In reply to the debate Scargill nevertheless denounced Huddersfield for moving “one of the most dangerous motions - arguing for a federal structure”. And, just in case anyone had any doubts, he repeated his well worn sectarian stance: “This party will have nothing whatsoever to do with alliances.” Needless to say, the motion was overwhelmingly defeated, as was a proposal from Colne Valley, which, among other things, called for the avoidance of “sectarian ideas and methods in our dealings with fellow socialists and democratic and progressive forces both inside and outside the party”.

This brings me to the article by Delphi in last week’s Weekly Worker.The comrade took issue with Dave Osler (Weekly Worker November 4) for his “attack on Scargill’s ‘ego’”, which Delphi described as a “red herring”. He went on to state: “Only a leader with immense determination, conviction and sense of purpose could have mentally survived the onslaught which Dave acknowledges has, and continues to be, mounted by the state and media. Scargill often uses Stalinist methods, but his ideology is basically utopian, even romantic” (November 18).

How can Scargill’s “ego” be so inconsequential, when it leads him not only to sabotage all moves towards the type of all-embracing, “emancipatory” party the working class so desperately needs, but also to effectively denounce those who advocate unity as agents of some outside force?

Delphi has written cogently on Stalin’s legacy, exposing the reign of terror that was his apology for ‘socialism’ in the Soviet Union. Can there be any doubt as to the nature of the regime Scargill himself would instigate, should the working class make the fatal mistake of handing him the power to install his own particular version of bureaucratic national socialism? What reason is there to believe that the regime he has imposed on the SLP in order to stifle every last trace of democracy and membership initiative is some sort of aberration?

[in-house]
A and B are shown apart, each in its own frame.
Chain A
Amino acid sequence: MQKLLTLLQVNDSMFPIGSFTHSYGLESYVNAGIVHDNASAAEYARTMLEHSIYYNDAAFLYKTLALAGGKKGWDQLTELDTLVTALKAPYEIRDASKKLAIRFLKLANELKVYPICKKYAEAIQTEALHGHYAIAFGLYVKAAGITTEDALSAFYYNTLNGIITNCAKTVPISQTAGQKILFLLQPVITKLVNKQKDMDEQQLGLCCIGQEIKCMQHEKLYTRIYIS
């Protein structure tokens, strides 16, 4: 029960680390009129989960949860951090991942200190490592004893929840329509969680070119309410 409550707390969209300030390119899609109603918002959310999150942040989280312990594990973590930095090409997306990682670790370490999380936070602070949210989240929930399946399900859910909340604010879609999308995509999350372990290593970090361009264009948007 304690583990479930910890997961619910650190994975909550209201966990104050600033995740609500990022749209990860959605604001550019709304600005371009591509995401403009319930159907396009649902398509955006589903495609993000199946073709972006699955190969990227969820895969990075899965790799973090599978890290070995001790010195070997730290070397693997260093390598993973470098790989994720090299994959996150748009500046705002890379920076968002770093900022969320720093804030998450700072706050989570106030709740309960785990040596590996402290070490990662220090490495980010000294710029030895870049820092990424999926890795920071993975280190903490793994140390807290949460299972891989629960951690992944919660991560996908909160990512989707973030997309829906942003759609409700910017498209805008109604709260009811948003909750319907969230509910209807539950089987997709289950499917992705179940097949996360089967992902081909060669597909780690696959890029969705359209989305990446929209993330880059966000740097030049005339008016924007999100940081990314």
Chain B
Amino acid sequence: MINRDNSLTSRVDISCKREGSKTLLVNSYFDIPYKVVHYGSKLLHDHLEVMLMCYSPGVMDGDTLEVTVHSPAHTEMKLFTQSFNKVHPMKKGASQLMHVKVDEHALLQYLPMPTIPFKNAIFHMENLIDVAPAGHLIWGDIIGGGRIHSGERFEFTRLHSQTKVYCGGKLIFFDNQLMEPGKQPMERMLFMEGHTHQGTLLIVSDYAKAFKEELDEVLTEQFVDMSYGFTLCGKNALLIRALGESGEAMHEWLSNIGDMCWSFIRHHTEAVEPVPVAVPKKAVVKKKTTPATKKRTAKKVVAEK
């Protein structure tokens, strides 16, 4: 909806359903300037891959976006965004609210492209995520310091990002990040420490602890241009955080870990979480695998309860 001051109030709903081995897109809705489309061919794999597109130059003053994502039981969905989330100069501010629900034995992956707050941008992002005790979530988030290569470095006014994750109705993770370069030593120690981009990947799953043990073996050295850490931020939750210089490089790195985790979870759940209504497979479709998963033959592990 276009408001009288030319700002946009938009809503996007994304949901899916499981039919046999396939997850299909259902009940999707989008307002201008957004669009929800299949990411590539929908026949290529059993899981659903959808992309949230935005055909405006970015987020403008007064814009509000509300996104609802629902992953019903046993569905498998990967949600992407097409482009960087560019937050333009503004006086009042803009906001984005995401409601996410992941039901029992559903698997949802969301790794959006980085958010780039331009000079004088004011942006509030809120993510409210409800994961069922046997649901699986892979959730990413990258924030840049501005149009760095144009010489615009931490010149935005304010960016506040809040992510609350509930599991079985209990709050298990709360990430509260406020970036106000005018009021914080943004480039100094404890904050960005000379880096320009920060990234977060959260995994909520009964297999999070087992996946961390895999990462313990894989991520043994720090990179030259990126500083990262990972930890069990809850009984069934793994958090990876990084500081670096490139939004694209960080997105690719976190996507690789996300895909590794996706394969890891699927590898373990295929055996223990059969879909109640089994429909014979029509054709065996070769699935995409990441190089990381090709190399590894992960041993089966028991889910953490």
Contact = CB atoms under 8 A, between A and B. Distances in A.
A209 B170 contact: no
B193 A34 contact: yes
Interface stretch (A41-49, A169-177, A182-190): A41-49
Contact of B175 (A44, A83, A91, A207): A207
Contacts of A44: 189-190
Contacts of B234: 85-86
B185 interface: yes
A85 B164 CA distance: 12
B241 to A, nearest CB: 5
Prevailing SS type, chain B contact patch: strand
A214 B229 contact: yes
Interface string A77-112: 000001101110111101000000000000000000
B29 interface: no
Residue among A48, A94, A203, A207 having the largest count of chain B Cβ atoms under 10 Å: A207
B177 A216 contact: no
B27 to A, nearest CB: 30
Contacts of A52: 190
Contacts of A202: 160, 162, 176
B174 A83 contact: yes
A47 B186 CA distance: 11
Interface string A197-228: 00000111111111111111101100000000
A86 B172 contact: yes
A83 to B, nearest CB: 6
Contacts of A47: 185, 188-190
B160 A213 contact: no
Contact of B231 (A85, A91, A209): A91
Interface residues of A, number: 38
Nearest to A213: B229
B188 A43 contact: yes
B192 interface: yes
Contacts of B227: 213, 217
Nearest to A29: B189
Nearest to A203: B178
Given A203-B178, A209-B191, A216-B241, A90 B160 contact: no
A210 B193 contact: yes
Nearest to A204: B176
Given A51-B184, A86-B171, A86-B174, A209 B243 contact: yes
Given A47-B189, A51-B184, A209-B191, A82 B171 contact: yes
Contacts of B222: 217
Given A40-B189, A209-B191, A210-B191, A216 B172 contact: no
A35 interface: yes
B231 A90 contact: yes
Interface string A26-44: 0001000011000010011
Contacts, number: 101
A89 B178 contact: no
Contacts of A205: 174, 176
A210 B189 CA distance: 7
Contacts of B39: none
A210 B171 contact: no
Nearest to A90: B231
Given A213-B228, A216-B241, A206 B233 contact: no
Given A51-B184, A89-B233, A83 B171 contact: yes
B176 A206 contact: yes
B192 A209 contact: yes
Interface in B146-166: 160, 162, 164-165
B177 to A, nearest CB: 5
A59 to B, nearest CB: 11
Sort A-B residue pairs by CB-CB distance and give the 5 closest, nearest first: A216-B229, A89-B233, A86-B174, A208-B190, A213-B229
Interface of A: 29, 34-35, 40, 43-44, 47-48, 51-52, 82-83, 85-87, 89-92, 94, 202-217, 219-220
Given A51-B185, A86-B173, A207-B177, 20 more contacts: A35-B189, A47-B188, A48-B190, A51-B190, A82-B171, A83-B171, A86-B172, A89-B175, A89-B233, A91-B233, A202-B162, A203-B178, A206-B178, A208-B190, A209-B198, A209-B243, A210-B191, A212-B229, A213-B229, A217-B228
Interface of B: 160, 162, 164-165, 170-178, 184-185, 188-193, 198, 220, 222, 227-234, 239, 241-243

What of Stalin’s own ideology? Surely it too was “basically utopian, even romantic”? That was why he persuaded himself that it was possible to introduce ‘socialism’, from above, in a single, backward, country. It was Stalinite bureaucratic socialism, not Bolshevism, which “suffered its historical failure” in the USSR. Bolshevism can only be said to have failed in that it allowed itself to be perverted and turned into its opposite from within. The Bolsheviks knew that without international revolution failure was inevitable. The fact that it did not happen - despite all the signs to the contrary and the valiant attempts in the first months following the October revolution - does not disprove the Bolshevik method.

Despite comrade Delphi’s throwing out the Bolshevik baby with the bathwater, and despite the distance he likes to put between himself and the likes of Harpal Brar, his faith in Scargill risks leading him, in practice, despite the best of intentions, down the same old well trodden path.